I was a digital marketer and wanted to pivot my career into tech (1) to work with product companies and (2) start a startup.
Product building immediately came to mind because it allows me to build startup MVPs, validate ideas, find product/market fit, and eventually develop further into a tech company.
By building a portfolio of product work, I was able to position myself as someone who understands technology products and clients tend to reach out to me based on my portfolio.
In other words, I never planned to become a software engineer or land a tech job. But learning to code/no code and transfer these skills into product/company building is my North star.
How did you learn nocode or product building? 😻
In the beginning, I started by hacking some tools and building something for myself.
I started with WordPress, Airtable, and Carrd and built something simple: personal website, music tech directory, and job board — just to get familiar with product design and fast prototyping.
My approach is to use what I already know to build what I need. I focus a lot on building (not learning) and only learn when it has immediate next steps, i.e. to execute something. For that reason, I don’t have any good recommendations for nocode courses.
How do you build 💪 the confidence to launch something publicly?
To me, the pain of not releasing stuff constantly is *extremely* painful than the “fear of not being good enough”.
Whether it’s a blog post, app, public goal or project, I think of it as 1 vs. 0 where I focus more on hitting my “launch” or “publish” cadence: getting it out there and staying consistent with the plan.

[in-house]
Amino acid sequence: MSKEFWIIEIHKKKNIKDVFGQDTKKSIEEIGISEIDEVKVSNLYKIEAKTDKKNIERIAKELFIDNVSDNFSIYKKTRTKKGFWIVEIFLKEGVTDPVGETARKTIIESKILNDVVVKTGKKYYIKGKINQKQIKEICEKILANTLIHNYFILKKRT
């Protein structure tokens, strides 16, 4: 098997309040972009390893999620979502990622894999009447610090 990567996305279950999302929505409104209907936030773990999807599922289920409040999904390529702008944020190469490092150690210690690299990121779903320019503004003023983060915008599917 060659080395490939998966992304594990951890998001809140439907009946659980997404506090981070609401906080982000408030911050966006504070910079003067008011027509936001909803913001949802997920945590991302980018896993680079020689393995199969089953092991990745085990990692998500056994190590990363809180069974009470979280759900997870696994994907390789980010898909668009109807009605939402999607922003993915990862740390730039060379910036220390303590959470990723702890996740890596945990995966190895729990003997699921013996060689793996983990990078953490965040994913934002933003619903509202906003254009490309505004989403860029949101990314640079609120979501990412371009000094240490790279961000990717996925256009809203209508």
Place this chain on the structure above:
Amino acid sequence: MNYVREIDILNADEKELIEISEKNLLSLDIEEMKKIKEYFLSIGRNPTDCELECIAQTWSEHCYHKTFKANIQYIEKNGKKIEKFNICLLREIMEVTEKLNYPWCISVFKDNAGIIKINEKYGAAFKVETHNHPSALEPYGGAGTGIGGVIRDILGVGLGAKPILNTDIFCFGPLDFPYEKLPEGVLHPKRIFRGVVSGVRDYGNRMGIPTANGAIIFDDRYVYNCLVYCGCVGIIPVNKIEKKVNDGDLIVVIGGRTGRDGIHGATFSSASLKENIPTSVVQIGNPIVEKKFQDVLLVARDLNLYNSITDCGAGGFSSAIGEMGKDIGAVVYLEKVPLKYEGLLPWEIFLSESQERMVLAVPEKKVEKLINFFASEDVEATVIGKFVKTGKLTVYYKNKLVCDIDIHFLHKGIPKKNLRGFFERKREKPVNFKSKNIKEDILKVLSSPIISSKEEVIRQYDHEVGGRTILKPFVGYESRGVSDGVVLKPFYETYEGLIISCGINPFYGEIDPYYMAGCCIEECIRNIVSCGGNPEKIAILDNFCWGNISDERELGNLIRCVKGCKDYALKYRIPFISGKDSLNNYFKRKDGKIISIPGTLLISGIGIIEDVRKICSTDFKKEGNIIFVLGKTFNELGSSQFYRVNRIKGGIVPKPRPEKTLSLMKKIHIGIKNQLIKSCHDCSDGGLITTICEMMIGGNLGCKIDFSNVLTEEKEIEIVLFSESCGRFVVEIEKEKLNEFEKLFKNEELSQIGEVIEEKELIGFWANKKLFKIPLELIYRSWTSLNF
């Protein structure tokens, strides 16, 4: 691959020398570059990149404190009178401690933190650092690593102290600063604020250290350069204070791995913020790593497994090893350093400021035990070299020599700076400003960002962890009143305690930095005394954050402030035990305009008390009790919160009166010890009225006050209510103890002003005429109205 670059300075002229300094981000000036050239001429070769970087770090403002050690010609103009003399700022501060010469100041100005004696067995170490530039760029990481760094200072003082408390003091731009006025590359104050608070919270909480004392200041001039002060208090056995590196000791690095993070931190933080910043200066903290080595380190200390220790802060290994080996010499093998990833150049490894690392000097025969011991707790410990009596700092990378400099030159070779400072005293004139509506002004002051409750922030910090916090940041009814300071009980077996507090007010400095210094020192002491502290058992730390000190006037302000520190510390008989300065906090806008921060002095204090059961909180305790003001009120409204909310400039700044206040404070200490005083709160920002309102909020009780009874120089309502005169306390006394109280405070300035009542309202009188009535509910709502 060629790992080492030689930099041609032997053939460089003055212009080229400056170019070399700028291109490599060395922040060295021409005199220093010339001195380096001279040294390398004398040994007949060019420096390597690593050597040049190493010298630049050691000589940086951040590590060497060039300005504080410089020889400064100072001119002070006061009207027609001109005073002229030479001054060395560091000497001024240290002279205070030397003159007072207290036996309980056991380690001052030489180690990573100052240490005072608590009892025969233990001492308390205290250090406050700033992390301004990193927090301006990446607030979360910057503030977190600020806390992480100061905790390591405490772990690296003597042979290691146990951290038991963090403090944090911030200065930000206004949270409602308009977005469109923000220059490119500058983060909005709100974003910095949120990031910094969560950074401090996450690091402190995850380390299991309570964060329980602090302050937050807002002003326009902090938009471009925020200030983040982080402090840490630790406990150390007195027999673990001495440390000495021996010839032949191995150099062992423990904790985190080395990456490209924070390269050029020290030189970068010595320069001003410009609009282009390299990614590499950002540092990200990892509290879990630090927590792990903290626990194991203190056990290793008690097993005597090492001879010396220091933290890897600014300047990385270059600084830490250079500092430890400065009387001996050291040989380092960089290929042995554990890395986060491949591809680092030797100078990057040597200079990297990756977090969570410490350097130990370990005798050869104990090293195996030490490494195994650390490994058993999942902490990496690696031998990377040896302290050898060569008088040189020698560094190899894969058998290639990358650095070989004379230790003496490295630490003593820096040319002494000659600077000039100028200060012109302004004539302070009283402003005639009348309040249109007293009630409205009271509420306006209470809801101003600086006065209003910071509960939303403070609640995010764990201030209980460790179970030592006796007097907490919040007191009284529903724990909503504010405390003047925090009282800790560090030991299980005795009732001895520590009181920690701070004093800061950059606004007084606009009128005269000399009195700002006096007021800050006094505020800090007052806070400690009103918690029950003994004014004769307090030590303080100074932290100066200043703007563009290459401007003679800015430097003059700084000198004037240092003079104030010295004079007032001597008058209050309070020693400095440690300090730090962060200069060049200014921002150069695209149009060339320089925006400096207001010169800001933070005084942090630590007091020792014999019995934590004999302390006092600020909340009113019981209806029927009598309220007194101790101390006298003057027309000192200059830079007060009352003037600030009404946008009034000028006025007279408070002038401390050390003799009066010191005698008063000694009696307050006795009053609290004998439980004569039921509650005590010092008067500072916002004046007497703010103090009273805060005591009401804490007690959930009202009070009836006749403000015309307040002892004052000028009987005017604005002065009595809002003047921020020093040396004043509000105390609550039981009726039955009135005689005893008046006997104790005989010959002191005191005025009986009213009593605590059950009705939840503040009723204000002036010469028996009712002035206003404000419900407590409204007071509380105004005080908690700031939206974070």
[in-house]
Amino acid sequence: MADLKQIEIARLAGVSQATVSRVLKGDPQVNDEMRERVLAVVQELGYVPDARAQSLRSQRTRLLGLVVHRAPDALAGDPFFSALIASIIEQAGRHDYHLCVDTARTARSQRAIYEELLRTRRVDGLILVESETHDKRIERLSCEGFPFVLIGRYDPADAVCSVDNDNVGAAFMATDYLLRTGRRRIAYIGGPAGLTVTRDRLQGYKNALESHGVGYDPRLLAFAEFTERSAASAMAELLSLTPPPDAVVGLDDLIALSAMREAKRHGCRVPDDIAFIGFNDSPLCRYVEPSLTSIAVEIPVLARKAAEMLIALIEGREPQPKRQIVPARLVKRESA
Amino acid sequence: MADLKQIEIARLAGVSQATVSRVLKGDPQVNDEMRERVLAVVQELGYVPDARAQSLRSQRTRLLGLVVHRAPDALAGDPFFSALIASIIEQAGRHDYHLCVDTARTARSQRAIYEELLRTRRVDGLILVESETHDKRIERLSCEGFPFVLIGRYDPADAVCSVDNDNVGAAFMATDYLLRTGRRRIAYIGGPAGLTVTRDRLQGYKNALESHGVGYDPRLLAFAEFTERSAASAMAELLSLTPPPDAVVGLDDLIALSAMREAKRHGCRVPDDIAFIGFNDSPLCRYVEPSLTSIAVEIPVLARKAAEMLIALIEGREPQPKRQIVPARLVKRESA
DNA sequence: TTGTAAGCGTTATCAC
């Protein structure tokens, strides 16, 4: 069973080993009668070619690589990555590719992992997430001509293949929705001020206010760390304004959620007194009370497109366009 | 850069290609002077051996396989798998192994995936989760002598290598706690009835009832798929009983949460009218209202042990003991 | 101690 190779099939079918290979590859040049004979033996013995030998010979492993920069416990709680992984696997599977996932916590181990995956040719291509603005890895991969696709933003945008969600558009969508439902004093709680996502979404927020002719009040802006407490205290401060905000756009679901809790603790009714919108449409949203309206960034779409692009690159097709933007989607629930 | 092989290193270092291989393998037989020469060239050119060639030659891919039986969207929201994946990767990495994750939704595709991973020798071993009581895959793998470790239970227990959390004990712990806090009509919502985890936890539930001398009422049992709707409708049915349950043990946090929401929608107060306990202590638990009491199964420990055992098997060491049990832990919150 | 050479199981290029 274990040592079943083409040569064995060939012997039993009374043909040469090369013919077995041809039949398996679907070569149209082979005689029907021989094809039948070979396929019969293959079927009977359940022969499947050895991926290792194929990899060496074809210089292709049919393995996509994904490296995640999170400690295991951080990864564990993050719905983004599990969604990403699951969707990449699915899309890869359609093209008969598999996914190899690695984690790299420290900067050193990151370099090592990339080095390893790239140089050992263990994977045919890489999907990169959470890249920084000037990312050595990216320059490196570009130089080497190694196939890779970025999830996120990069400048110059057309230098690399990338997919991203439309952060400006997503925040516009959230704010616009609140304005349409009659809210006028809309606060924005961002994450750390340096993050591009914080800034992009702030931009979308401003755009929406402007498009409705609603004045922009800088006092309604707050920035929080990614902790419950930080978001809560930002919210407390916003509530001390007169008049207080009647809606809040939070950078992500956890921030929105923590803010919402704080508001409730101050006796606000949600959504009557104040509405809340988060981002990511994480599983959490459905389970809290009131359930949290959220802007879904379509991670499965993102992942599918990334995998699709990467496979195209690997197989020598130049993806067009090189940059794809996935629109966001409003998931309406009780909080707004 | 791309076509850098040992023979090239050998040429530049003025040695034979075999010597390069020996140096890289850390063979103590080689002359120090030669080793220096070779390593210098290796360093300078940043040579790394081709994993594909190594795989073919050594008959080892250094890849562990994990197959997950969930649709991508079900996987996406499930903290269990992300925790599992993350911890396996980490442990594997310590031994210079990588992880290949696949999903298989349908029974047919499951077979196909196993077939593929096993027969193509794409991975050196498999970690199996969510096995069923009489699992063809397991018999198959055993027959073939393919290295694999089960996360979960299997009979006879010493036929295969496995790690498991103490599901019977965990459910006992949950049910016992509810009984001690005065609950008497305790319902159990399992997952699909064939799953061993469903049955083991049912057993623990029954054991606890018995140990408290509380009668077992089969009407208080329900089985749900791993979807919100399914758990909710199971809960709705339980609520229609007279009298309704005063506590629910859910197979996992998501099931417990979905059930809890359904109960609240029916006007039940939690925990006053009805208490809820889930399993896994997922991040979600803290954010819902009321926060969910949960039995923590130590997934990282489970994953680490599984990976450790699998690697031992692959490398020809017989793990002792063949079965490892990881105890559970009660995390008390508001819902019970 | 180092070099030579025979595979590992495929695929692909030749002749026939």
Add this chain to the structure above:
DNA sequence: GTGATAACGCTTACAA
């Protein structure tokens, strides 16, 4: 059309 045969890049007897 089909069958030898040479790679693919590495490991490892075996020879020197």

I love to think about getting it done in a minimum viable way, which is better than done perfectly.
You can always iterate your work as you gain experience in building and launching things.
How do you handle client projects with far timezones? 🌍
I’ve been working remotely & globally with far timezone locations (12 to 15 hours difference) and I’m based in Kuala Lumpur, Malaysia. I think far timezones aren’t an issue if the companies have a solid understanding of global remote work operation.
We often use collaboration docs to “work together” such as making a decision, brainstorming and prioritizing. Even if we’re not in the same location, we still get things done productively.
In a remote work environment, I find it productive to combine both synchronous and asynchronous communication. I.e., Combine video and written communication — which is documenting tasks, meeting agenda, strategic planning, campaigns, contents and reporting.
I often think ahead and write things down in Google Doc and Notion to reduce back-and-forth emails and unnecessary video calls. It’s also helpful to keep things in 1 place so that clients and their internal team can access updates without any confusion.
What nocode tools 😄 do you recommend?
Some of the no-code/low-code tools that I use: Glide, Carrd, Zapier, Airtable, Sheets, Typeform, Stripe, Loom, RapidAPI, Parabola, Django framework, Coda, Notion, WordPress.
In terms of choosing the right tools, it’s important to understand what product you’re trying to build.
Does it require a payment gateway, user login, membership, database, etc.? Then, evaluate each no-code tool to see which one can help you get the job done.
How do you manage your time ⏰ to follow through all your projects and stay consistent?
I have 2 business-related work areas: (1) client services (2) selling digital products and at the same time re-investing these $ resources to start a NewCo.
During my spare time (usually weekends), I build fast prototyping, write content on Medium & Substack to build my audience, network and marketing.
In terms of time management, I would say: limit meetings, emails, back-and-forth replies unless they are work-related. Use time-blocking and each time block (morning, noon, evening) should have its sub-task.
Practice deep hours work and extend workweek sprint, until you get a project launched/done. Avoid splitting yourself into too many interesting ideas & be focused.